Spousal Support & Alimony

If you’re thinking of divorce, you may also be wondering about alimony (also known as spousal support). Regardless of whether you think you may end up as the payor or the payee, you should know something about alimony before you make decisions about your case.

The spousal support conversation is an important discussion to have with an attorney who is experienced in Nebraska family law. In our many years practicing Nebraska family law at Hightower Reff Law in Omaha, Nebraska, we have learned that the more information clients have, the more clear and confident they are about their case and the decisions they make.

When it comes to alimony, there are some things you may be surprised to learn. If you’re a little older, and someone you know divorced many years ago, you may have heard it mentioned that the husband was ordered to continue supporting the wife “in the manner to which she’s become accustomed.” That may be the way many courts approached alimony in the days of yesteryear, but it’s not the way spousal support goes in Nebraska today.

The times have changed. In the majority of cases, Nebraska courts don’t award alimony. If they do, it’s for a short time – long enough for the spouse receiving support to get training or education or find a job. It’s sometimes called “rehabilitative spousal support.” Nebraska courts usually consider several factors when deciding spousal support, including the relative economic circumstances of both parties in its alimony decisions.

Keep in mind that it is up to the court to determine whether to award alimony, the amount and the length of time, unless there is a settlement between the parties. In cases where there is child support, that will be determined first, and then the amount of spousal support will be decided based on each party’s income and expenses after child support is paid. The factors that the court will use to determine whether alimony is appropriate are:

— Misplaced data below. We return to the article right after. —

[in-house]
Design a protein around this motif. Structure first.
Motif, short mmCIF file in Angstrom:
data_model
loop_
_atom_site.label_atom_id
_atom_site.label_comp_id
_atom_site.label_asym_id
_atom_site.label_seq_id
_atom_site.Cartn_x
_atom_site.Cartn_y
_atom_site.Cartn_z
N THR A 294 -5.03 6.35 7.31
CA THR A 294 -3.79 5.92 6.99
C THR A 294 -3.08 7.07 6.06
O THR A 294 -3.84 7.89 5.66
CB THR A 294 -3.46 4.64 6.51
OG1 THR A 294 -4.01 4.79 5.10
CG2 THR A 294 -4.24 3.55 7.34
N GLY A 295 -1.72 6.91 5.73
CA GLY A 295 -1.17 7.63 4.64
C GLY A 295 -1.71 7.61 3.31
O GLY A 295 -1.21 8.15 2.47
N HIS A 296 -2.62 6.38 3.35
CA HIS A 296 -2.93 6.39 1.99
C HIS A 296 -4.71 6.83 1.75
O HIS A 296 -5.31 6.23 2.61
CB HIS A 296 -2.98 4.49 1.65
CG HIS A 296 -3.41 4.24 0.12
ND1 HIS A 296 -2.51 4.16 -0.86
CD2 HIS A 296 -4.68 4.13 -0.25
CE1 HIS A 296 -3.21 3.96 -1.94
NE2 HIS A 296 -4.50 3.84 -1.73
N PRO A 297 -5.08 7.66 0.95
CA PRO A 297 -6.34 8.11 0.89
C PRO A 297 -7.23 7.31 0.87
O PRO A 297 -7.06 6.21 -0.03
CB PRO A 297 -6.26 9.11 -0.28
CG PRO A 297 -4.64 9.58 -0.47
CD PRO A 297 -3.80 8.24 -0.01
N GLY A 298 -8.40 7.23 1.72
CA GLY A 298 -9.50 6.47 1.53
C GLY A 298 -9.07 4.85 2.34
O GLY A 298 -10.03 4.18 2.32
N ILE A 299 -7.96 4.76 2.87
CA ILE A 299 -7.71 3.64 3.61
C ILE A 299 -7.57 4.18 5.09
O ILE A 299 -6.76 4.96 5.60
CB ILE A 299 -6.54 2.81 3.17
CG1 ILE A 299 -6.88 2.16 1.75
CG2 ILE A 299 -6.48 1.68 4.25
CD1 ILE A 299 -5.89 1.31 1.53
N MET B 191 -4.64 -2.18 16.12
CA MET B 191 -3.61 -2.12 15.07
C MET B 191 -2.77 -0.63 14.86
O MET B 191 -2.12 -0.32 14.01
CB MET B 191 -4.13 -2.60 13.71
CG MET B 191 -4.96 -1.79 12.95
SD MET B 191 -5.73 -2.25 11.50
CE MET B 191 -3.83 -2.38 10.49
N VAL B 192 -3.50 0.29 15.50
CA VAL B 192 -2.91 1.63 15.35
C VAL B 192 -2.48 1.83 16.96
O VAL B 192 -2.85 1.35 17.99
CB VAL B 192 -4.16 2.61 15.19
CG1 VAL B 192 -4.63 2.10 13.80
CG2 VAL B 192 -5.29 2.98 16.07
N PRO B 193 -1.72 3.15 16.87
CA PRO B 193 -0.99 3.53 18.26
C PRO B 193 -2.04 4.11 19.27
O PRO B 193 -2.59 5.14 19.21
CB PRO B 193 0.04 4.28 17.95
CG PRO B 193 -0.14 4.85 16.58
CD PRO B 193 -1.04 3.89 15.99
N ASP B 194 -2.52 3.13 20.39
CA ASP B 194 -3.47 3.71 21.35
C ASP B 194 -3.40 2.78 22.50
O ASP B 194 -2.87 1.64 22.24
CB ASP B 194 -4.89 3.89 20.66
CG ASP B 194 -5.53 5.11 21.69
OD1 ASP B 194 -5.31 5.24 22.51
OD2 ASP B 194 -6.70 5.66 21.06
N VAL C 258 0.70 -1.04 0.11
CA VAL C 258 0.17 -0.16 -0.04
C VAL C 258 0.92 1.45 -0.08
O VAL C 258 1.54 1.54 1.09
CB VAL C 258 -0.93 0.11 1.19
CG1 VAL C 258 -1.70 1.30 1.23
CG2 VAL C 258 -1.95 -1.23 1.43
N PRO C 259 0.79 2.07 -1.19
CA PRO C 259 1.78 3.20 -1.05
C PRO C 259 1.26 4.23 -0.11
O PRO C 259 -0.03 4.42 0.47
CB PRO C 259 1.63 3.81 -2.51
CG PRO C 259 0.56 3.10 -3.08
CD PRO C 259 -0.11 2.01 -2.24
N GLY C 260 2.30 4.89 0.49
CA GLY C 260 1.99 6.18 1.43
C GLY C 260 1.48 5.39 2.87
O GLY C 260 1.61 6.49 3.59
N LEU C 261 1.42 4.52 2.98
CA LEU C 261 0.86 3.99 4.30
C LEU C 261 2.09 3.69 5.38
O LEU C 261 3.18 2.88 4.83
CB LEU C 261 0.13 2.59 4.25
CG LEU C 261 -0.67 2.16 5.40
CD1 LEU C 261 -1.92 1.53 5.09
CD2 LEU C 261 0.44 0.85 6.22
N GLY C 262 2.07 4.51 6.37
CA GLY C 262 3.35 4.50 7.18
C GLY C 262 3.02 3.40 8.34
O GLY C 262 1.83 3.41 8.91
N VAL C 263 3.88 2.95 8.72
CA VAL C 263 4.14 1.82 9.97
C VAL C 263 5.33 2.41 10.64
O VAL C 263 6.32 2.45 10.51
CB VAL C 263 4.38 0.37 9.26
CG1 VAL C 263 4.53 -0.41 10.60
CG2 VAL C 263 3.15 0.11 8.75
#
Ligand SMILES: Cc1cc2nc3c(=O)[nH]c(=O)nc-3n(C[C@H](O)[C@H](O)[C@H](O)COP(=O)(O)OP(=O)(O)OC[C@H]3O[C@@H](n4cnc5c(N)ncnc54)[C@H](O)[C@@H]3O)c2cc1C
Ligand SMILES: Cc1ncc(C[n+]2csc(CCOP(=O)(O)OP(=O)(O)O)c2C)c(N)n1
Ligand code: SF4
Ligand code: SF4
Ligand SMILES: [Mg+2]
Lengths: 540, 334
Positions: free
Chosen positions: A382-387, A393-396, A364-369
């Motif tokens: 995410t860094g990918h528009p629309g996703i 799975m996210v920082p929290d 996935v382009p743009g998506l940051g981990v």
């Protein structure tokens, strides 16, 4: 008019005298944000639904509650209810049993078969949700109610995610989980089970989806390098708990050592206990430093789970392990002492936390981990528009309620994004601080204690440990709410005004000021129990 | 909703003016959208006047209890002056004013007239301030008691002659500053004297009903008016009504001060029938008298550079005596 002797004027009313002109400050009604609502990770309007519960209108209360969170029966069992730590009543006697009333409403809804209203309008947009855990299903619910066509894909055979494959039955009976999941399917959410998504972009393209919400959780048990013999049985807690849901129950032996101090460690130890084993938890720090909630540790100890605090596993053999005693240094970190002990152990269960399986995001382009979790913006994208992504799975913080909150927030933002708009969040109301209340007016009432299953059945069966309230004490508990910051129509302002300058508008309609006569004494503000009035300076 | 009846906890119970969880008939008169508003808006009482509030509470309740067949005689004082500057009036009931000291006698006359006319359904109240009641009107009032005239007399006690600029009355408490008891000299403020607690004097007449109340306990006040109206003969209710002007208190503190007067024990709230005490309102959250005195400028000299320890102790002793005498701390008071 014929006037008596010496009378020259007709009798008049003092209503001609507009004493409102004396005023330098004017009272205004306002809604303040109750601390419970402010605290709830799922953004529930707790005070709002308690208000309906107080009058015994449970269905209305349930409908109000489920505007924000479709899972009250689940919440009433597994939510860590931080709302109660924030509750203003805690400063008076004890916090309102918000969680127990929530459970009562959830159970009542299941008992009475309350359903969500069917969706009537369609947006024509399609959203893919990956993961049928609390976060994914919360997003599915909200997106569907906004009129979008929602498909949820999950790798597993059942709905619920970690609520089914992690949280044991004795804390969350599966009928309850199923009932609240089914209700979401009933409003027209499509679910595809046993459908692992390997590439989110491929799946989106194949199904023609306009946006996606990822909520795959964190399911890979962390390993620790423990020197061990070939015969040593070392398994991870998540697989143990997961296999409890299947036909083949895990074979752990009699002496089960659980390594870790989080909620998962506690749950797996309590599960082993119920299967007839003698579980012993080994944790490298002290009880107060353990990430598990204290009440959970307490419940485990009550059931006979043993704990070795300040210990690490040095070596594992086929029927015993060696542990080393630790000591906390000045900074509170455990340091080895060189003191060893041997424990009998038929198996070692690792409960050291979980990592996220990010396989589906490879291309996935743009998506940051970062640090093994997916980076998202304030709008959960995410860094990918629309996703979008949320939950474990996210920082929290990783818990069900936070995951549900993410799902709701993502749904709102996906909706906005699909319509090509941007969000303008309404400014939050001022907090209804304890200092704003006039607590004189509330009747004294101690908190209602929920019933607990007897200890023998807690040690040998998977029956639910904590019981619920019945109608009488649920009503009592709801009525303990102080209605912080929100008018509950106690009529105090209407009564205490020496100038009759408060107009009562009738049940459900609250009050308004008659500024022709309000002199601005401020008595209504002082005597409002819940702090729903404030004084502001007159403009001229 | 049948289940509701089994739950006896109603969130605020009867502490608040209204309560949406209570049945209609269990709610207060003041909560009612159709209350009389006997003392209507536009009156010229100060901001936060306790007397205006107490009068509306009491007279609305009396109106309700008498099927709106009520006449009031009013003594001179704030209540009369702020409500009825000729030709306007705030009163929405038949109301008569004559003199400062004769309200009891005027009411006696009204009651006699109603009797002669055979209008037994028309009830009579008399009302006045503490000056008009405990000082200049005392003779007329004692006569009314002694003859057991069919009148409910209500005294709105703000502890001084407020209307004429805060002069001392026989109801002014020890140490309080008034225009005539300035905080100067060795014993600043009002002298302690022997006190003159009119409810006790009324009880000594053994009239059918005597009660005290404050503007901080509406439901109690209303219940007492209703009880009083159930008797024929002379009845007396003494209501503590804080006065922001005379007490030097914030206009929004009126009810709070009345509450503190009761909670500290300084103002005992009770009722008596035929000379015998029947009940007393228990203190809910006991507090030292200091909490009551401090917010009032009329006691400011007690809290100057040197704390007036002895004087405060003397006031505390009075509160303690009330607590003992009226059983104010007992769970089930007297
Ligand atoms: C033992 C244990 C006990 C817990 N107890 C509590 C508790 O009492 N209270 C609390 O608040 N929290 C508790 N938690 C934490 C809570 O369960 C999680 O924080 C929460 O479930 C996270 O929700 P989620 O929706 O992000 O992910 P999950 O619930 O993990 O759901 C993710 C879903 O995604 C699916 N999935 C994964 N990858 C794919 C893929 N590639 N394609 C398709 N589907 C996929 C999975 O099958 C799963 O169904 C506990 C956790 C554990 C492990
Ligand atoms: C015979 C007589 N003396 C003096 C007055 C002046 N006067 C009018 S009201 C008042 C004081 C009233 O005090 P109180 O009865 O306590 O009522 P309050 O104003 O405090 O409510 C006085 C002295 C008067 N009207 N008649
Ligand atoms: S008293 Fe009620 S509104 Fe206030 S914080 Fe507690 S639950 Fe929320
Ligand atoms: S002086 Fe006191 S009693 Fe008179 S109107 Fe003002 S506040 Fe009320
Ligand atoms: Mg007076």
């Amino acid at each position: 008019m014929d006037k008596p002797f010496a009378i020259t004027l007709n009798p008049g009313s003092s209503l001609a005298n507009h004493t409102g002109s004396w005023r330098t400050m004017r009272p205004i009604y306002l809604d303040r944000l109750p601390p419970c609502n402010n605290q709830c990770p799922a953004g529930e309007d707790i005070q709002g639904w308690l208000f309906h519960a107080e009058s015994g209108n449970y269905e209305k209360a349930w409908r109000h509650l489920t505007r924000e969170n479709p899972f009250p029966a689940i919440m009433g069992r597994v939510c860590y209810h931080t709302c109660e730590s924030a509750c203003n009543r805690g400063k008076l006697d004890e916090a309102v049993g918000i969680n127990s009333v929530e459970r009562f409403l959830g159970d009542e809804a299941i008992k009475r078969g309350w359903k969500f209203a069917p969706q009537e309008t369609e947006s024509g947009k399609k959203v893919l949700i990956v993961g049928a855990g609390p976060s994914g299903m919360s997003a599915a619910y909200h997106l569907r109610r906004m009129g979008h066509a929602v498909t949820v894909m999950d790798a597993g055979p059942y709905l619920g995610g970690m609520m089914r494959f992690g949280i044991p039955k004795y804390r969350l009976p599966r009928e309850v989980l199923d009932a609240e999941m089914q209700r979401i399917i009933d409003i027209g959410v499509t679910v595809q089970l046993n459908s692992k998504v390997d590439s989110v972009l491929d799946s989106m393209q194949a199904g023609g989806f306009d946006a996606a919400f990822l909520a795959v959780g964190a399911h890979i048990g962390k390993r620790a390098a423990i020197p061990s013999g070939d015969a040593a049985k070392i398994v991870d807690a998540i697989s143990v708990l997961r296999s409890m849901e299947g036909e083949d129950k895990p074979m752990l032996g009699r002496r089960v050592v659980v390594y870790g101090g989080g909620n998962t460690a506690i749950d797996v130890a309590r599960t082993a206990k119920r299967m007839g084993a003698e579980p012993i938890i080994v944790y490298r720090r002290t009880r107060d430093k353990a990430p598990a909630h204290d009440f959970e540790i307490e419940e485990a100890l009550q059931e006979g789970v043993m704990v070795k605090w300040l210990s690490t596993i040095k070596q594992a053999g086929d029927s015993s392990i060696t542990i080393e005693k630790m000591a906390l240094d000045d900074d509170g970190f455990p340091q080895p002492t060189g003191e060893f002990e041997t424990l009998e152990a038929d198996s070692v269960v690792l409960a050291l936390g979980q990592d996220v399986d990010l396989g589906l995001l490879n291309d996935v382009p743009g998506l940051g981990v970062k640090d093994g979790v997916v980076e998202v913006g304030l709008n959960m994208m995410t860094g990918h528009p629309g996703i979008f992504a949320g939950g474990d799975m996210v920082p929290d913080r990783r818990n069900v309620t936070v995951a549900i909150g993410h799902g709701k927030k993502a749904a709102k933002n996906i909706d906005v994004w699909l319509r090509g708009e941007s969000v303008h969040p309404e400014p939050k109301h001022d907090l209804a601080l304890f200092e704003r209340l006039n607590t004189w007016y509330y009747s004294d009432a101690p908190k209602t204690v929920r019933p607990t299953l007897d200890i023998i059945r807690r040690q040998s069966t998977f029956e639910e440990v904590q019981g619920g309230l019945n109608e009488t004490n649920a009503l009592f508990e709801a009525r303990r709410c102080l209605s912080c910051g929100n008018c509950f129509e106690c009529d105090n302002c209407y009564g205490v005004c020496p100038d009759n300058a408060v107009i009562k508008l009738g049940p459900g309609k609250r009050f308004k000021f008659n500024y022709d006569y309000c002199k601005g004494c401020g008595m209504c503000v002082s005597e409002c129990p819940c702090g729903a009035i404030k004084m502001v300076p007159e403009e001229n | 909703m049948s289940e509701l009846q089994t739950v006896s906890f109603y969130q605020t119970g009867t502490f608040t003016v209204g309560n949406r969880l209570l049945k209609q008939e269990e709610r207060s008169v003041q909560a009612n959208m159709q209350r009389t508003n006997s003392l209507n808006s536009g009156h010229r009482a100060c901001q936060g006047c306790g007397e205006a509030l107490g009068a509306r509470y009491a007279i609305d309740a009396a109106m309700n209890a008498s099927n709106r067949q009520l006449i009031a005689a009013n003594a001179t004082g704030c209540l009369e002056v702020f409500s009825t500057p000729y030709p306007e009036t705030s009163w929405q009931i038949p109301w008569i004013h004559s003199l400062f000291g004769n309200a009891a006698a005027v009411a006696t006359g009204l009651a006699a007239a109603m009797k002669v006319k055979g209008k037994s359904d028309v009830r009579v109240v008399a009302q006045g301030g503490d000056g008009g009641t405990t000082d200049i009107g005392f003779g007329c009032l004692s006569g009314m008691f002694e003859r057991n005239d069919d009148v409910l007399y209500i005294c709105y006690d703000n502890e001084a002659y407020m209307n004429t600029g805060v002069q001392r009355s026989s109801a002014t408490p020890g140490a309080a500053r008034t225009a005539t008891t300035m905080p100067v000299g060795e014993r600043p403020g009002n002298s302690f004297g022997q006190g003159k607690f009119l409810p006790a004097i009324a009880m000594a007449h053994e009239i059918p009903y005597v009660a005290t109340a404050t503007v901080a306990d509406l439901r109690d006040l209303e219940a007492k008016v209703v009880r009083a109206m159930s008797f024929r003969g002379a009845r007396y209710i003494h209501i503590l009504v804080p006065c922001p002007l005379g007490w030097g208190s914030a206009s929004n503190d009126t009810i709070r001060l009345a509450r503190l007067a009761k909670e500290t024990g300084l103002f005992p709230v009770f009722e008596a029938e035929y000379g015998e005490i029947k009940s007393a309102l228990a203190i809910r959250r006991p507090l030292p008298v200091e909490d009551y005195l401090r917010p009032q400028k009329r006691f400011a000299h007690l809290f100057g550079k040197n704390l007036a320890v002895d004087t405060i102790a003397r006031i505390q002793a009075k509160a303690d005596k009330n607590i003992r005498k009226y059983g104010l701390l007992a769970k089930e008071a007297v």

• Duration of the marriage.
  • Contributions of each party like taking care of kids, interruption of their careers or education.
  • Ability of the spouse receiving alimony to hold a job without interfering with the interests of children in their custody.
  • Relative economic circumstances of the parties.
  • Disparity of income between the parties.
  • Physical or mental disability or health issues keeping a party from full time employment.
  • Other factors the court finds relevant based on the individual circumstances of the case.

The most important consideration for the court in determining alimony is fairness and reasonableness, to be determined by the facts of each case.